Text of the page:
Today one of the young female nurses took me under her wing and showed me how to do ECGs and how to insert canuli. Some of her friends came by and kept giggling about me, what exactly they were saying I don't know but they kept saying my name and then asking her where I’m from, why I’m at al-Ahli, etc., then laughing and looking at me. I'd look up at them and smile and they'd look away quickly and giggle more, but the nurse wouldn't, she'd just smile. She reminds me of no one more than Cyra, they look nothing alike but their personalities are very similar. It's interesting to see people dressed so differently and speaking such a different language and then realize how superficial the differences are.
Dr. Harb explained to me that he had an exam in medical school called topography (he went to school in Romania) where they had to orally describe the anatomy of a section of the body. He said you would start with the bony structures that give the region its overall shape and then go on to the muscles, nerves, etc. The only parts of the body that don't have a bony support are the abdomen and the penis. When one of his classmates was called to give her topography exam she was given the penis, and so thought for a minute about the bony structures. Eventually the doctor told her “there's no bony support for the penis. I know it feels like there is, but there isn't.” Harb thought this was absolutely hilarious. Again, not the kind of thing you expect to hear from Islamic fanatics...
Today is Saturday so Musa is off work. When I came home a man was here with his wife, Adil and Maya. He's Palestinian and she's a Canadian Israeli Jew. They're married and have a kid on the way, Nour (light), but they can't live together because of an Israeli law that doesn't recognize Palestinians from the territories who marry Jews as candidates for Israeli citizenship. They're leaving in a year to go to Canada (“inshalla”, or "God willing", as Adil says). Maya used to work for B'tselem so this must piss her off. They met when he worked at a restaurant in Jerusalem and she was working for B’tselem. She understands a bit of Arabic but he speaks Hebrew fluently. Their kids will be trilingual from the start and ridiculously good looking.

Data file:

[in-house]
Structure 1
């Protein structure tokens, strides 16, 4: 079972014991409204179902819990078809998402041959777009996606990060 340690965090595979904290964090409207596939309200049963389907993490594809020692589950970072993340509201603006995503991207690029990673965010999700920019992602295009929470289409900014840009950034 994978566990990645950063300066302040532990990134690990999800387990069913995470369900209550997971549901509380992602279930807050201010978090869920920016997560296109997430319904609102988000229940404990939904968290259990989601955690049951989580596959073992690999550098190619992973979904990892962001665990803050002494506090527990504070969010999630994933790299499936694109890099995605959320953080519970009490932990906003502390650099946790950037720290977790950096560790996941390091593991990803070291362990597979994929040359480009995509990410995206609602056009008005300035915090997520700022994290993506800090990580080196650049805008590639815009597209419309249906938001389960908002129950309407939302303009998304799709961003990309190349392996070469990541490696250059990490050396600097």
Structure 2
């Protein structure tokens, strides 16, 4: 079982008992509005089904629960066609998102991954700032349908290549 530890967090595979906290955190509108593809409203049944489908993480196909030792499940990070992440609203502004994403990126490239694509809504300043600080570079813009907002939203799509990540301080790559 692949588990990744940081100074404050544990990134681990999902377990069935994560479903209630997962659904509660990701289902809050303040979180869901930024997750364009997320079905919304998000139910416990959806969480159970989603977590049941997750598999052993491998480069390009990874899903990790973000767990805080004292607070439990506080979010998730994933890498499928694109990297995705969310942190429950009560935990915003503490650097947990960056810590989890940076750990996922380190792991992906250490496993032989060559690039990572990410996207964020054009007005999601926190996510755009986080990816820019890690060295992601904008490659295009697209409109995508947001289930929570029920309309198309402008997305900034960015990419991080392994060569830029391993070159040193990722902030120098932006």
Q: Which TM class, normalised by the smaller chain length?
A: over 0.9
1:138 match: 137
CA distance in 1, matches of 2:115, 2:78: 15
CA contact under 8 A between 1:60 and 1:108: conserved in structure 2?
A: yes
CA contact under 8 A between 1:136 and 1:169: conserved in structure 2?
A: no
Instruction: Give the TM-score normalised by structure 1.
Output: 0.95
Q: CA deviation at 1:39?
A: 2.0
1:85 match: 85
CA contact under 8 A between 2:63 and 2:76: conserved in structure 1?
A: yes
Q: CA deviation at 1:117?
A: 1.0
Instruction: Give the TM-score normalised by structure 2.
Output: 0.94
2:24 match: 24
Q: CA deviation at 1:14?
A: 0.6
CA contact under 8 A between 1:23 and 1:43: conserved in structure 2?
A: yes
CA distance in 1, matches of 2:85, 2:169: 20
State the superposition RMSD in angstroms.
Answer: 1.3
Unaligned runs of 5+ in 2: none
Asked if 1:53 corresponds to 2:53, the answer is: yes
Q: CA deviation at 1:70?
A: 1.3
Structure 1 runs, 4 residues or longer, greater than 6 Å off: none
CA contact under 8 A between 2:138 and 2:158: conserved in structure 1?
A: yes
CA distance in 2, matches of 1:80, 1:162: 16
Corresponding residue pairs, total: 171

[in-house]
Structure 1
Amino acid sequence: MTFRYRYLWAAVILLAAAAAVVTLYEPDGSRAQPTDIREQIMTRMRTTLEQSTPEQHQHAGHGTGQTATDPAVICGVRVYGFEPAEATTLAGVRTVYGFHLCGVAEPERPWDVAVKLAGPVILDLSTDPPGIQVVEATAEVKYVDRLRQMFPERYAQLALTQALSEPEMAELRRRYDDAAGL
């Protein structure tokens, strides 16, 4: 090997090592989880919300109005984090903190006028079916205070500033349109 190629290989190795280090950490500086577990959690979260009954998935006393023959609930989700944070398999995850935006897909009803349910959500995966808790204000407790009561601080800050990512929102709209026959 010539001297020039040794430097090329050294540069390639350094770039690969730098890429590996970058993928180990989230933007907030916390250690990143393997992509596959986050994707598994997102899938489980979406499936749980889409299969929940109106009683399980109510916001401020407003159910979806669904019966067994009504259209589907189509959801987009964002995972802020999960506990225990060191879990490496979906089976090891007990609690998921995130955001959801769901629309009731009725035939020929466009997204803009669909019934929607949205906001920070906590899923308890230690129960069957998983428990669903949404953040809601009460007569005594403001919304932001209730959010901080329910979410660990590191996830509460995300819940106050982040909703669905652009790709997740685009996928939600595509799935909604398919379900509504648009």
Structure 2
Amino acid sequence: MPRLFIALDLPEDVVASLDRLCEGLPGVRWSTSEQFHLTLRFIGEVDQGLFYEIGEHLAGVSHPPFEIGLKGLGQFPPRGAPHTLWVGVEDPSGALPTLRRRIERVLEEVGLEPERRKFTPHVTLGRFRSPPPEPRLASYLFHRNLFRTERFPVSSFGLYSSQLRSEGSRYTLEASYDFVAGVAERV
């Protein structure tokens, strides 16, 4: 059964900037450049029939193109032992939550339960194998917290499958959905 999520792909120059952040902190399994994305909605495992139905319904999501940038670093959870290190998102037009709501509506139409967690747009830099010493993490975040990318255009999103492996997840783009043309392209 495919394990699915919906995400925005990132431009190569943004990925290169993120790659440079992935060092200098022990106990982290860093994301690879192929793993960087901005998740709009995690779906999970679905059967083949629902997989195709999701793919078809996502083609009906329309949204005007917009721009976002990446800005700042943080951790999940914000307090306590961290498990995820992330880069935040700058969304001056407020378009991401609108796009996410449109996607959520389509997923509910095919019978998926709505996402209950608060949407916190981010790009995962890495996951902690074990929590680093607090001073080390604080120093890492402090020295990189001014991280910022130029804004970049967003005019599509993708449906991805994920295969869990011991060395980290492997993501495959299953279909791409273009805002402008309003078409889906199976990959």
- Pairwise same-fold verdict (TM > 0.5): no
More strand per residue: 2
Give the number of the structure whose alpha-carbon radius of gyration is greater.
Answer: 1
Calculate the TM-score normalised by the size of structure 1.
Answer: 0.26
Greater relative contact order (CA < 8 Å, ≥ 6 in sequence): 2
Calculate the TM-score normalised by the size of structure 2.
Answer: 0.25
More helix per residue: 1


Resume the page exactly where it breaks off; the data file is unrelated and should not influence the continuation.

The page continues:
Maya lived in Toronto for eight years and speaks perfect Canadian English (including the annoying way they say “know”). She studied archaeology and world religions at U of T; she said she hated it. She was particularly incensed that in her linguistics classes there were zero mentions of Chomskian linguistics. I felt like it was a test of my credentials, or maybe my level of knowledge, to see how I’d respond. I've had the same experience with multiple Israeli peaceniks. I always think it's amusing since the first serious piece of work I ever read on the Middle East was Chomsky's Fateful Triangle, first published in 1983 and still well worth reading today.
Later on we were sitting around watching al-Jazeera (they keep showing a short clip of the NBA finals but I can't tell what's going on...did the Pistons win or lose?). Suhail was bored and so took his dad’s lighter and started setting small pieces of cardboard on fire in the middle of the living room. I braced myself for the worst kind of motherly reaction: it’s the kind of thing American parents would fly off the handle about. Musa and Afaf were sitting next to each other and it didn’t phase them in the slightest. American kids would know, too, that their parents would be pissed about lighting things on fire, especially in the living room, so they would hide it from their parents. But Suhail goes “baba shouf! Shouf!!” (“dad look!” *no response* “Look!!”). “Shway shway” (“be careful”) said Musa, unconcerned. Suhail once again proved how cute he is. He reminds me exactly of how I thought Zubin Shetty would act when he turned 11 years old.